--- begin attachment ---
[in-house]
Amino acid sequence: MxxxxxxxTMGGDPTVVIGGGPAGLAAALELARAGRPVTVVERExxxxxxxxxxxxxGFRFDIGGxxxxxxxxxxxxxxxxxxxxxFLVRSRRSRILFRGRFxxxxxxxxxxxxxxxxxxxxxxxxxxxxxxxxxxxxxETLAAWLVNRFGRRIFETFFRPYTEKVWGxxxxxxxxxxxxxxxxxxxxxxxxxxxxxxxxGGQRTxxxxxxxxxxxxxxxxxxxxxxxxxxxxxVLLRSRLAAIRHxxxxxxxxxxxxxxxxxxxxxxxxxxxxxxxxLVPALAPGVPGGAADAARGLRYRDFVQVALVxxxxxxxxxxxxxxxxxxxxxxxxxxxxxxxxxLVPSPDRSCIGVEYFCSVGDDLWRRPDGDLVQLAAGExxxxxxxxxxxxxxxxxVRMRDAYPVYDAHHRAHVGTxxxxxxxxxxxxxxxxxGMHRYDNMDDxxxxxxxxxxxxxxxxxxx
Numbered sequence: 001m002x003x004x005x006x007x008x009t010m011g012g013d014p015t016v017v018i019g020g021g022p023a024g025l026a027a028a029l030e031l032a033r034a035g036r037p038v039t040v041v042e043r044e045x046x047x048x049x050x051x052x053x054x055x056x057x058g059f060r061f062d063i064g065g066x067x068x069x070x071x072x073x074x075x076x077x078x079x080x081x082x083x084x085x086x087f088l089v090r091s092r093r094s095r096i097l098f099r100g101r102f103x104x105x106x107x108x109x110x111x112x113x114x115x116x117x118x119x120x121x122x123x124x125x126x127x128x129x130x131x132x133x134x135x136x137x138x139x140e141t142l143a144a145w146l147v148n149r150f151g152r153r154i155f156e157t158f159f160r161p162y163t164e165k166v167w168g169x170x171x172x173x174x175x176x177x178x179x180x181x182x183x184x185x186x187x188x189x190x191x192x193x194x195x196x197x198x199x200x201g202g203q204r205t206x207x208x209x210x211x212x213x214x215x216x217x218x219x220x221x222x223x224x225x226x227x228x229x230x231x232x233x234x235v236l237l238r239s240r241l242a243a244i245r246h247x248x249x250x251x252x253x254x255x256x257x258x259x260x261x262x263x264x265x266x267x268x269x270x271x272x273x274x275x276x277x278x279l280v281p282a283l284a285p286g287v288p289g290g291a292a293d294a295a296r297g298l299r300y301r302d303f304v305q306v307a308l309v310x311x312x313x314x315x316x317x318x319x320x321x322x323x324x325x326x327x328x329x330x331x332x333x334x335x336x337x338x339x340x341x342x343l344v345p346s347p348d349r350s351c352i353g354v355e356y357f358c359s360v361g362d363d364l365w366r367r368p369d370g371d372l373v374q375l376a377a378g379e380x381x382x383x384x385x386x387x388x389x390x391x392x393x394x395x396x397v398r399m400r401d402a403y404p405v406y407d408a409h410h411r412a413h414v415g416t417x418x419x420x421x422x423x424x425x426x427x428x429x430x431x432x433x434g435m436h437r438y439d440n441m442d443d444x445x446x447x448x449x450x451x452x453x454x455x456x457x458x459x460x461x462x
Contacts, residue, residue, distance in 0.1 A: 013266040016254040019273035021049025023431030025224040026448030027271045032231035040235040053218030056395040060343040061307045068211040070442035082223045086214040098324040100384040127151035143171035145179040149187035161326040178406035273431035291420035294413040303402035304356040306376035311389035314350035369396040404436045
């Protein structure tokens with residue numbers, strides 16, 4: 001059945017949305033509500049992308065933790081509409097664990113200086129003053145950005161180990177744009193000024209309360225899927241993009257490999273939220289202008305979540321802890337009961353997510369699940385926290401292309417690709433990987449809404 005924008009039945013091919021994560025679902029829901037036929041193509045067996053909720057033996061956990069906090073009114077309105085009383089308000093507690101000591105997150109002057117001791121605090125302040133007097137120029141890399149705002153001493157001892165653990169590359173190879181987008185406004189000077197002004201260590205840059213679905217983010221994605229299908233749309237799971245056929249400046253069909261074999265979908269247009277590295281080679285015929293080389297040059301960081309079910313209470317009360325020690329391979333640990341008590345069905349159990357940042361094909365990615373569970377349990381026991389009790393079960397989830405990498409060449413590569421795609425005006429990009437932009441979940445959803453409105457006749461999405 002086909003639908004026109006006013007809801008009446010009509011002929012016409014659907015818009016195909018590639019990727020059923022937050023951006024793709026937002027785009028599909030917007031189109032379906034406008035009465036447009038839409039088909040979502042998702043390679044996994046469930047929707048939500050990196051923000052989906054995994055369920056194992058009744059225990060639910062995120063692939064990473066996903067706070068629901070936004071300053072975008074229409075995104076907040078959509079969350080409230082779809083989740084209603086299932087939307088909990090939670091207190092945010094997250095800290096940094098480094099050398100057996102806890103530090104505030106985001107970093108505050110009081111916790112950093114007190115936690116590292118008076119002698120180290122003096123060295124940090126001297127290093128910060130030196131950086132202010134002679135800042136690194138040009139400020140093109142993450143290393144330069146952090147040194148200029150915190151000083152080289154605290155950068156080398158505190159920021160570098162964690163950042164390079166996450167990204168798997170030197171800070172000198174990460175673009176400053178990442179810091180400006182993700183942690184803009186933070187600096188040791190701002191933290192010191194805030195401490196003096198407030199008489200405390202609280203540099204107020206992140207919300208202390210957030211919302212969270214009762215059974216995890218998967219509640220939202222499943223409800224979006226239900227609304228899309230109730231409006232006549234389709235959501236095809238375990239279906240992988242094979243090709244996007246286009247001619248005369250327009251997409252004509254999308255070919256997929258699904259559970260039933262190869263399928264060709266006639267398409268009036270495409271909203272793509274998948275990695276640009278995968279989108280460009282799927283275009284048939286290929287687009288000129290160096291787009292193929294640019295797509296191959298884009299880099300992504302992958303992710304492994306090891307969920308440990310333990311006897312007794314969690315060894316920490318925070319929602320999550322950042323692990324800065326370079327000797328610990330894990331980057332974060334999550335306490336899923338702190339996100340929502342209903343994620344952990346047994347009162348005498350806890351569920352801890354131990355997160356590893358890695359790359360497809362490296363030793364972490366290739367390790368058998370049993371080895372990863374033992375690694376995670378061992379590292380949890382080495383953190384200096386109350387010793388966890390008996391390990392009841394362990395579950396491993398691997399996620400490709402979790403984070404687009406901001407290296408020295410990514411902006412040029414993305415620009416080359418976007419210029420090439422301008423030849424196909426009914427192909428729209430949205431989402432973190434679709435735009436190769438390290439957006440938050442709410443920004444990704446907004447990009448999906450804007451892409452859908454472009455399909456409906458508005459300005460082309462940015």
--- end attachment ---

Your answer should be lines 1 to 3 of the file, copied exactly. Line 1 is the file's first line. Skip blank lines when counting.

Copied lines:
[in-house]
Amino acid sequence: MxxxxxxxTMGGDPTVVIGGGPAGLAAALELARAGRPVTVVERExxxxxxxxxxxxxGFRFDIGGxxxxxxxxxxxxxxxxxxxxxFLVRSRRSRILFRGRFxxxxxxxxxxxxxxxxxxxxxxxxxxxxxxxxxxxxxETLAAWLVNRFGRRIFETFFRPYTEKVWGxxxxxxxxxxxxxxxxxxxxxxxxxxxxxxxxGGQRTxxxxxxxxxxxxxxxxxxxxxxxxxxxxxVLLRSRLAAIRHxxxxxxxxxxxxxxxxxxxxxxxxxxxxxxxxLVPALAPGVPGGAADAARGLRYRDFVQVALVxxxxxxxxxxxxxxxxxxxxxxxxxxxxxxxxxLVPSPDRSCIGVEYFCSVGDDLWRRPDGDLVQLAAGExxxxxxxxxxxxxxxxxVRMRDAYPVYDAHHRAHVGTxxxxxxxxxxxxxxxxxGMHRYDNMDDxxxxxxxxxxxxxxxxxxx
Numbered sequence: 001m002x003x004x005x006x007x008x009t010m011g012g013d014p015t016v017v018i019g020g021g022p023a024g025l026a027a028a029l030e031l032a033r034a035g036r037p038v039t040v041v042e043r044e045x046x047x048x049x050x051x052x053x054x055x056x057x058g059f060r061f062d063i064g065g066x067x068x069x070x071x072x073x074x075x076x077x078x079x080x081x082x083x084x085x086x087f088l089v090r091s092r093r094s095r096i097l098f099r100g101r102f103x104x105x106x107x108x109x110x111x112x113x114x115x116x117x118x119x120x121x122x123x124x125x126x127x128x129x130x131x132x133x134x135x136x137x138x139x140e141t142l143a144a145w146l147v148n149r150f151g152r153r154i155f156e157t158f159f160r161p162y163t164e165k166v167w168g169x170x171x172x173x174x175x176x177x178x179x180x181x182x183x184x185x186x187x188x189x190x191x192x193x194x195x196x197x198x199x200x201g202g203q204r205t206x207x208x209x210x211x212x213x214x215x216x217x218x219x220x221x222x223x224x225x226x227x228x229x230x231x232x233x234x235v236l237l238r239s240r241l242a243a244i245r246h247x248x249x250x251x252x253x254x255x256x257x258x259x260x261x262x263x264x265x266x267x268x269x270x271x272x273x274x275x276x277x278x279l280v281p282a283l284a285p286g287v288p289g290g291a292a293d294a295a296r297g298l299r300y301r302d303f304v305q306v307a308l309v310x311x312x313x314x315x316x317x318x319x320x321x322x323x324x325x326x327x328x329x330x331x332x333x334x335x336x337x338x339x340x341x342x343l344v345p346s347p348d349r350s351c352i353g354v355e356y357f358c359s360v361g362d363d364l365w366r367r368p369d370g371d372l373v374q375l376a377a378g379e380x381x382x383x384x385x386x387x388x389x390x391x392x393x394x395x396x397v398r399m400r401d402a403y404p405v406y407d408a409h410h411r412a413h414v415g416t417x418x419x420x421x422x423x424x425x426x427x428x429x430x431x432x433x434g435m436h437r438y439d440n441m442d443d444x445x446x447x448x449x450x451x452x453x454x455x456x457x458x459x460x461x462x